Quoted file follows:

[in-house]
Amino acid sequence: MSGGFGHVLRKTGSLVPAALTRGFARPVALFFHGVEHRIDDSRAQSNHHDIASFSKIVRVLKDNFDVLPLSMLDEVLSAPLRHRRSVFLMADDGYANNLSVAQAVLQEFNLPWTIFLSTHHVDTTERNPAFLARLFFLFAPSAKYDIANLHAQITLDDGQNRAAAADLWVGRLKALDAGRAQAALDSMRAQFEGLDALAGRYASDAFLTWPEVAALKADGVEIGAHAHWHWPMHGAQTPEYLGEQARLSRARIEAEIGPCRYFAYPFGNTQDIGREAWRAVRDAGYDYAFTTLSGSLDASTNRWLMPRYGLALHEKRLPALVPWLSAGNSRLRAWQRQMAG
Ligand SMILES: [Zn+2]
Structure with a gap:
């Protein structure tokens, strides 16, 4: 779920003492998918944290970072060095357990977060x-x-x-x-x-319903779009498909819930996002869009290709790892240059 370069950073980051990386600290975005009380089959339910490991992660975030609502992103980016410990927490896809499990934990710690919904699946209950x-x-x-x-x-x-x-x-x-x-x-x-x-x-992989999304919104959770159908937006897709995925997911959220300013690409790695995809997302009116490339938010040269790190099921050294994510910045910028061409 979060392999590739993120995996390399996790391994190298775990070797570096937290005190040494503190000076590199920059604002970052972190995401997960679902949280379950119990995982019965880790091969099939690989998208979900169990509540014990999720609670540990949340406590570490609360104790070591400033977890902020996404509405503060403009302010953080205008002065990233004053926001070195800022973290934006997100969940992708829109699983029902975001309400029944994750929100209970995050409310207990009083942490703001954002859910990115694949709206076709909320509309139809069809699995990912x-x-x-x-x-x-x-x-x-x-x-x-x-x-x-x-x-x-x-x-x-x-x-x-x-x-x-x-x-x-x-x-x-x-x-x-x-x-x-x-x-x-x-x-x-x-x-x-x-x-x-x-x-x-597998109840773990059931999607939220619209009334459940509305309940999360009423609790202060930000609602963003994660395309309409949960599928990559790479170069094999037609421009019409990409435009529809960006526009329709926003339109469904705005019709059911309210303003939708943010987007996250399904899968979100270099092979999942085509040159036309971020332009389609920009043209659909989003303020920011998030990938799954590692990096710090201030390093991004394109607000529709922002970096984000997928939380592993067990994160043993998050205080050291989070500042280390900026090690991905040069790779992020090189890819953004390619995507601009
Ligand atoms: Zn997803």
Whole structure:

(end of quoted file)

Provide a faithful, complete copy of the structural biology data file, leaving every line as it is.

[in-house]
Amino acid sequence: MSGGFGHVLRKTGSLVPAALTRGFARPVALFFHGVEHRIDDSRAQSNHHDIASFSKIVRVLKDNFDVLPLSMLDEVLSAPLRHRRSVFLMADDGYANNLSVAQAVLQEFNLPWTIFLSTHHVDTTERNPAFLARLFFLFAPSAKYDIANLHAQITLDDGQNRAAAADLWVGRLKALDAGRAQAALDSMRAQFEGLDALAGRYASDAFLTWPEVAALKADGVEIGAHAHWHWPMHGAQTPEYLGEQARLSRARIEAEIGPCRYFAYPFGNTQDIGREAWRAVRDAGYDYAFTTLSGSLDASTNRWLMPRYGLALHEKRLPALVPWLSAGNSRLRAWQRQMAG
Ligand SMILES: [Zn+2]
Structure with a gap:
């Protein structure tokens, strides 16, 4: 779920003492998918944290970072060095357990977060x-x-x-x-x-319903779009498909819930996002869009290709790892240059 370069950073980051990386600290975005009380089959339910490991992660975030609502992103980016410990927490896809499990934990710690919904699946209950x-x-x-x-x-x-x-x-x-x-x-x-x-x-992989999304919104959770159908937006897709995925997911959220300013690409790695995809997302009116490339938010040269790190099921050294994510910045910028061409 979060392999590739993120995996390399996790391994190298775990070797570096937290005190040494503190000076590199920059604002970052972190995401997960679902949280379950119990995982019965880790091969099939690989998208979900169990509540014990999720609670540990949340406590570490609360104790070591400033977890902020996404509405503060403009302010953080205008002065990233004053926001070195800022973290934006997100969940992708829109699983029902975001309400029944994750929100209970995050409310207990009083942490703001954002859910990115694949709206076709909320509309139809069809699995990912x-x-x-x-x-x-x-x-x-x-x-x-x-x-x-x-x-x-x-x-x-x-x-x-x-x-x-x-x-x-x-x-x-x-x-x-x-x-x-x-x-x-x-x-x-x-x-x-x-x-x-x-x-x-597998109840773990059931999607939220619209009334459940509305309940999360009423609790202060930000609602963003994660395309309409949960599928990559790479170069094999037609421009019409990409435009529809960006526009329709926003339109469904705005019709059911309210303003939708943010987007996250399904899968979100270099092979999942085509040159036309971020332009389609920009043209659909989003303020920011998030990938799954590692990096710090201030390093991004394109607000529709922002970096984000997928939380592993067990994160043993998050205080050291989070500042280390900026090690991905040069790779992020090189890819953004390619995507601009
Ligand atoms: Zn997803």
Whole structure: